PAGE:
Read below about jaw pain, including causes, treatment options and remedies. Or get a personalized analysis of your jaw pain from our A.I. health assistant. At Buoy, we build tools that help you know what’s wrong right now and how to get the right care.

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Jaw Pain Symptoms

Jaw pain can be a vague symptom with a number of different causes, and some of them are not really caused by the jaw. However, it is possible to search through your additional symptoms and pinpoint the cause of an aching, painful jaw.


  • Aching pain in your jaw, ear, and/or face, especially when chewing or attempting to open or close your mouth.
  • Clicking, popping, or grinding sounds in your temporomandibular joint (TMJ,) which is the hinged joint just in front of your ear.
  • Locking or sticking of the TMJ.
  • Headache.
  • An uneven appearance of the teeth and bite, which may either be a cause or a result of your jaw pain.

Who is most often affected?

  • Women between the ages of about 30 to 50 seem to be most often affected, although anyone can have the symptom of jaw pain [1,2].
  • Anyone with the constant habit of chewing gum may find themselves with jaw pain, due to simple overuse of the chewing muscles.
  • If you wear orthodontic braces you may experience jaw pain, due to the forces trying to readjust the alignment of your teeth.
  • Sitting with poor posture with your head forward, such as when looking at a computer screen all day, is sometimes associated with TMJ pain.

Is it serious?

  • If the pain is caused by simple tension and anxiety, it can be easily treated by your medical provider or you may be able to simply use some relaxation techniques on your own.
  • Jaw pain that is caused by dental problems or by inflammation of the TMJ should be treated by a dentist or other specialist, because these conditions can worsen and cause further pain and damage.
  • If you are having jaw pain as a symptom of a heart attack, or because you have a damaged, infected, or broken bone in the jaw, it must be treated right away [3].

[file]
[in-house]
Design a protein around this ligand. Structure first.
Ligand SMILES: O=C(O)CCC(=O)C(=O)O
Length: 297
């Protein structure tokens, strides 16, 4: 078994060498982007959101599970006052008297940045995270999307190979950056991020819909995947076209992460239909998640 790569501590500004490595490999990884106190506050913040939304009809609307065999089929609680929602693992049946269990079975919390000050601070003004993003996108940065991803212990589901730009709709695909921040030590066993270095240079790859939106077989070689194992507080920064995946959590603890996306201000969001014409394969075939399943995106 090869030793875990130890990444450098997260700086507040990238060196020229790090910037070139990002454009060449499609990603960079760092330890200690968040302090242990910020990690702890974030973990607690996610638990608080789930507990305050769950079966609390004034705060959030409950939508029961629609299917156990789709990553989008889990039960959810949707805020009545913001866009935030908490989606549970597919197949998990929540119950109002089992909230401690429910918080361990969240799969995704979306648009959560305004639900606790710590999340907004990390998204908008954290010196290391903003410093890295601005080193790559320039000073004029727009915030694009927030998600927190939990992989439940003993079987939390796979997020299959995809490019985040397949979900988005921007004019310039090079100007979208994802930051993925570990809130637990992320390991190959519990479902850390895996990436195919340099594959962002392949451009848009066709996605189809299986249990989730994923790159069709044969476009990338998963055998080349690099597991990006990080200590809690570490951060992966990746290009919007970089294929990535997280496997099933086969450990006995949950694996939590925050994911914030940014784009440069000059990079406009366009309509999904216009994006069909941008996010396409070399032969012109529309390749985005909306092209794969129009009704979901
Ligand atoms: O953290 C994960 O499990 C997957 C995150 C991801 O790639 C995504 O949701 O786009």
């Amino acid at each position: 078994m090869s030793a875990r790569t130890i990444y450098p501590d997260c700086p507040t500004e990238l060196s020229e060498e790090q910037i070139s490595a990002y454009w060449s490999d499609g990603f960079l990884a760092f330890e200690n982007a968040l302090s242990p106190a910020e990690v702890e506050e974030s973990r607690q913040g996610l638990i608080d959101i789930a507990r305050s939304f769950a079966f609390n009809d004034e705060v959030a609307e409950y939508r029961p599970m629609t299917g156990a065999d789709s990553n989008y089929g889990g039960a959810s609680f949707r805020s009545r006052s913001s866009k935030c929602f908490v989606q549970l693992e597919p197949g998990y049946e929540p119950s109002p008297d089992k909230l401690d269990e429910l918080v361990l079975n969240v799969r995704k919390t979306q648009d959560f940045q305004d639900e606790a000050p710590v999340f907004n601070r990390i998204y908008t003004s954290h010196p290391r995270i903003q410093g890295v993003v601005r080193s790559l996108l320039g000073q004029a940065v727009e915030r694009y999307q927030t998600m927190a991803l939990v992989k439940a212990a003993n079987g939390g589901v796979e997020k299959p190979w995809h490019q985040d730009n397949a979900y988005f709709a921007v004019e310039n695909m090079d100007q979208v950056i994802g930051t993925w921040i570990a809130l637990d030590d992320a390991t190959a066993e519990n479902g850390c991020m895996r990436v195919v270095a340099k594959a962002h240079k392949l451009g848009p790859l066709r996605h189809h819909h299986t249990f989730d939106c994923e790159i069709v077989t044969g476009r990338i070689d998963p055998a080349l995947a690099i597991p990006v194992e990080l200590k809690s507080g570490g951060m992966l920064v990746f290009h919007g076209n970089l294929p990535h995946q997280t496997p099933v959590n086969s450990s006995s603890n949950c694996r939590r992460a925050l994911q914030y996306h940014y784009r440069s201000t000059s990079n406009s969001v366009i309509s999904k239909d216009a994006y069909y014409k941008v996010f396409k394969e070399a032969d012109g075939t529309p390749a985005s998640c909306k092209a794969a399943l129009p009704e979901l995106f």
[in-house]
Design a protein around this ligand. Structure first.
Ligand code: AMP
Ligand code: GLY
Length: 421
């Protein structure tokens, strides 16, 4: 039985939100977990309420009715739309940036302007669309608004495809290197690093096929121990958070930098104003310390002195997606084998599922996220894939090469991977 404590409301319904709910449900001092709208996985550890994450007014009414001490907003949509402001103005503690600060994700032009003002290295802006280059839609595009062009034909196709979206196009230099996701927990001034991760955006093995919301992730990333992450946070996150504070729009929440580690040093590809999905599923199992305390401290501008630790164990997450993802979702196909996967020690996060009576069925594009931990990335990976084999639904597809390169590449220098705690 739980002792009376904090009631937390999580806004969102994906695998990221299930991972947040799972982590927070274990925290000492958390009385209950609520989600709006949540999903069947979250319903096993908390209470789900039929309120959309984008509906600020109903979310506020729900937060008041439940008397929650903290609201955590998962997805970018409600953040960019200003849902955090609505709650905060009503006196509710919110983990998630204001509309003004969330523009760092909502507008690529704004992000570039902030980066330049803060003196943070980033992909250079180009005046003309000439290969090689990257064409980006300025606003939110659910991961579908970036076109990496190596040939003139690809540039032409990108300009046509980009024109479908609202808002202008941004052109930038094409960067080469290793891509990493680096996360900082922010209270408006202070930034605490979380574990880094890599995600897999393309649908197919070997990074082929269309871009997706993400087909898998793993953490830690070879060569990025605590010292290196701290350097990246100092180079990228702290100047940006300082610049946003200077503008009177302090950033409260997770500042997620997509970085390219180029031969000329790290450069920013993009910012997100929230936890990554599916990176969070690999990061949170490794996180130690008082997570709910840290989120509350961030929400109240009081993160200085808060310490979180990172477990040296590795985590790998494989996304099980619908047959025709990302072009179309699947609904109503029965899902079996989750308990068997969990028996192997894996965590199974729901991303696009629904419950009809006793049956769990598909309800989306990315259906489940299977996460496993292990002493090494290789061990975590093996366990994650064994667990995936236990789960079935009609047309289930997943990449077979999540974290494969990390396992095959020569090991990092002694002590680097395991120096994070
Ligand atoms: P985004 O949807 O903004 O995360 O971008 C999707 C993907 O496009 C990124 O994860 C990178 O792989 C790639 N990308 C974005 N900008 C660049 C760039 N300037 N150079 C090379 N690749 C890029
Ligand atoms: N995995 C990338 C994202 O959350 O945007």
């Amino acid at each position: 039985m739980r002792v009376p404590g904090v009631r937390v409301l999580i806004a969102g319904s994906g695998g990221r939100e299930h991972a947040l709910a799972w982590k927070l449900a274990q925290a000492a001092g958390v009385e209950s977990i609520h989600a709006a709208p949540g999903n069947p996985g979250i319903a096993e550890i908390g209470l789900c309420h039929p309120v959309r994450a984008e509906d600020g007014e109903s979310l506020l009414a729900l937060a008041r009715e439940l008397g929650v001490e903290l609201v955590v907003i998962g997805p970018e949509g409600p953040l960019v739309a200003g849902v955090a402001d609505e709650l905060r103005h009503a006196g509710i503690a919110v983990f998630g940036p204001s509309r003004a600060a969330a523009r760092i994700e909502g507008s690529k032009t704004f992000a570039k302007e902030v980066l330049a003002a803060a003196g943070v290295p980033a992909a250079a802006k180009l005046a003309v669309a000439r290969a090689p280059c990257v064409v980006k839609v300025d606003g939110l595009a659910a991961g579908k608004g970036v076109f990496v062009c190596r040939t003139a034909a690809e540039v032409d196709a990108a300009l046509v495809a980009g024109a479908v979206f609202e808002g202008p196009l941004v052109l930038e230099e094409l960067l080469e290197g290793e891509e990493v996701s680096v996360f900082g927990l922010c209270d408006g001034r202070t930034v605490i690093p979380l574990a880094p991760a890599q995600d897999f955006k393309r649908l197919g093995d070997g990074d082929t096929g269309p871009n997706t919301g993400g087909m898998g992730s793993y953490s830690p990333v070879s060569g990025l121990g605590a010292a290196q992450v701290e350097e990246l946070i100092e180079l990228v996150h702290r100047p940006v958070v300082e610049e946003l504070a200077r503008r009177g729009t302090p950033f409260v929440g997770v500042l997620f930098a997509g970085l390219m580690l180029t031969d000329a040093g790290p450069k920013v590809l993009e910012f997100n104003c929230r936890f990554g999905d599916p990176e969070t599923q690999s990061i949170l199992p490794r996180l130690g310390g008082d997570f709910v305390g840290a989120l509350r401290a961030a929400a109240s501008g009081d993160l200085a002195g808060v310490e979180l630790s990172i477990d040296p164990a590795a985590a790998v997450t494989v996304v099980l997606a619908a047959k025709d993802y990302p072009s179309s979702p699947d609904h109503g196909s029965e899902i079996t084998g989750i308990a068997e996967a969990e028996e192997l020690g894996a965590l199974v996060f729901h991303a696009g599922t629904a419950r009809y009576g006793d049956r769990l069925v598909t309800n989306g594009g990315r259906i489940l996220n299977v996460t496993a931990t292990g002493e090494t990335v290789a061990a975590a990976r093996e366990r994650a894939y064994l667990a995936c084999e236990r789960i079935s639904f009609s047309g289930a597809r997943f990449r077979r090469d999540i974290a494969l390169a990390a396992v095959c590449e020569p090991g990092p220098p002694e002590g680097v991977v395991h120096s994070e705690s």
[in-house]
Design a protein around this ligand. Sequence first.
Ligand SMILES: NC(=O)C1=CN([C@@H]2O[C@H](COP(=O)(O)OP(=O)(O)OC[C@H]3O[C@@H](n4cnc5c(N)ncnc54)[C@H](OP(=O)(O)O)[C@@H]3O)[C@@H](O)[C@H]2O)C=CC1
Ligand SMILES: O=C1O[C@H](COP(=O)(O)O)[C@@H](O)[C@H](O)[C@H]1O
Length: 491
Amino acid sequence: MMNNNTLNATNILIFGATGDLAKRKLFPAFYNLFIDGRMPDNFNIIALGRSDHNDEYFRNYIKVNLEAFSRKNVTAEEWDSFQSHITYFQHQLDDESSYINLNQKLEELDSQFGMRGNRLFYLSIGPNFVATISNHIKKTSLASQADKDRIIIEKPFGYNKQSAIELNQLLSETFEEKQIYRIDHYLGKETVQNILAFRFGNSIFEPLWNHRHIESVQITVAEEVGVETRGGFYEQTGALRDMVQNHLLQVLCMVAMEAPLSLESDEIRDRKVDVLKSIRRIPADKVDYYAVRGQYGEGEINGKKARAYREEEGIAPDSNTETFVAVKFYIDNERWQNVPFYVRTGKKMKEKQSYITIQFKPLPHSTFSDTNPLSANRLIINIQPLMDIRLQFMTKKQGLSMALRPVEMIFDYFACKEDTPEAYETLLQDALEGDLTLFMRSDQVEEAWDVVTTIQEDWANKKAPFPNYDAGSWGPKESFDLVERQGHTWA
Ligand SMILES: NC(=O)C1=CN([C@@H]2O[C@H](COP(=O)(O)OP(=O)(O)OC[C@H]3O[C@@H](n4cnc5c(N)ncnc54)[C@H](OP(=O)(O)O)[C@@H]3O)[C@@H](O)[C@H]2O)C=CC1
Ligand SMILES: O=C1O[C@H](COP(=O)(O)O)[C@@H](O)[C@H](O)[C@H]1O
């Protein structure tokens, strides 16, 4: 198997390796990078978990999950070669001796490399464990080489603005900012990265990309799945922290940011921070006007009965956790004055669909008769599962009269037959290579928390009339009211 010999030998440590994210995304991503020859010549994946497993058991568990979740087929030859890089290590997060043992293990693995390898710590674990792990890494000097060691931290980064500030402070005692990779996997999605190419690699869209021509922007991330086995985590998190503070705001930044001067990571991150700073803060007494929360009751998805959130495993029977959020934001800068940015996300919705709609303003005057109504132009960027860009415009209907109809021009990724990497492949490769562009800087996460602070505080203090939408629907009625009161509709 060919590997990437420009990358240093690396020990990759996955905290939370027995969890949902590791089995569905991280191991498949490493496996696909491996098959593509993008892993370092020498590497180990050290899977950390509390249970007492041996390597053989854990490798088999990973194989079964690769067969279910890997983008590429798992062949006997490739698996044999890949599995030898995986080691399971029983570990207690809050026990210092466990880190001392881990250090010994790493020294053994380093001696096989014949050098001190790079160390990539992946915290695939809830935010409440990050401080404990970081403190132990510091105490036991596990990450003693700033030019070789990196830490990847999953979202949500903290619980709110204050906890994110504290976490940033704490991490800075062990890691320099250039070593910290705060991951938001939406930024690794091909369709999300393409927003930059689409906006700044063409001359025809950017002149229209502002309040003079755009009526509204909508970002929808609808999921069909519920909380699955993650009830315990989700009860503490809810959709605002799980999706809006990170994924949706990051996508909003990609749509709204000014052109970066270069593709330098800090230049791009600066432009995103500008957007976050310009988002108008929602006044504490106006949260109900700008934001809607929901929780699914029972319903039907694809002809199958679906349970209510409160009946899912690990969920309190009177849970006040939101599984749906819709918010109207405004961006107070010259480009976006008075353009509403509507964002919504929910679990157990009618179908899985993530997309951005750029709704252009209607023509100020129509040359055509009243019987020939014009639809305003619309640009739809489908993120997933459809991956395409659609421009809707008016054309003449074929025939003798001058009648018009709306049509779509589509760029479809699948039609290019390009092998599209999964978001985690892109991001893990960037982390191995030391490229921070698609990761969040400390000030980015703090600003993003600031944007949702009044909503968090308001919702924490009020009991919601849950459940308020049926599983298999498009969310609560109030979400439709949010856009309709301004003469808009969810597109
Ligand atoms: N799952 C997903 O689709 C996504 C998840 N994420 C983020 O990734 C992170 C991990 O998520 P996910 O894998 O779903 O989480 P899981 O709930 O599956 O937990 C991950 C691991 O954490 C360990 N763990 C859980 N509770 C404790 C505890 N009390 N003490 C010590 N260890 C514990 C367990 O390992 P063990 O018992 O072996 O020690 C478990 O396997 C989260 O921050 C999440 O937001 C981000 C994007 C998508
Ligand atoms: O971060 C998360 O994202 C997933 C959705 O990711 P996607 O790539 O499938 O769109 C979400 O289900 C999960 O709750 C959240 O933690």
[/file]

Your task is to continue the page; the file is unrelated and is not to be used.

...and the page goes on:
Jaw Pain Causes

Most common cause types:

  • Inflammation and wearing away of the cartilage of the temporomandibular joint [4].
  • Dental infections, which can spread down into the jawbone and the roots of the teeth.

Less common cause types:

  • Anxiety, which leads to tension, which can lead to tooth grinding and jaw clenching. The actions can cause damage and uneven wear to the surface of the teeth, which then causes uneven pressure on the joints of the jawbones.
  • Overusing the jaw muscles for chewing or even talking, which can leave these muscles sore and inflamed.
  • Abnormalities of the jaw, which can be treated by dentists and other specialists.
  • Myofascial pain syndrome, where "trigger points" – small areas of very tight, contracted muscle tissue –cause pain when touched or pressed.

Rare & unusual cause types:

  • Injury that may not be obvious right away, such as a fracture. This can occur to either an upper or lower jawbone.
  • A tumor forming in or somewhere near the jawbones [5].
  • Heart attack.

8 Possible Conditions

The list below shows results from the use of our quiz by Buoy users who experienced jaw pain. This list does not constitute medical advice and may not accurately represent what you have.

  1. 1.Temporomandibular Joint (Tmj) Dysfunction Disorder

    The temporomandibular joint (TMJ) is located in front of the ear, and it connects the jaw to the side of the head. Temporomandibular disorder (TMD) is a painful condition which can be caused by excess tension in jaw mucles, faulty alignment between upper and lower teeth, arthritis in the joint, or injury of the jaw or face.

    Outcome is highly case-dependent.

    Top Symptoms:
    dizziness, pain, restricted movement, and clicking sounds from jaw, history of headaches, jaw pain, pain in the back of the neck
    Symptoms that always occur with temporomandibular joint (tmj) dysfunction disorder:
    pain, restricted movement, and clicking sounds from jaw
    Primary care doctor
  2. 2.Acute Salivary Duct Stone (Sialolithiasis)

    A salivary duct stone is the most common disorder of the salivary glands (where you make spit). They can range in size from tiny particles to stones that are several centimeters in length.

    Symptoms last 26 days on average

    Top Symptoms:
    swelling on one side of the face, swollen jaw, painful face swelling, spontaneous jaw pain, painful jaw swelling
    Phone call or in-person visit
  3. 3.Myofascial Pain Syndrome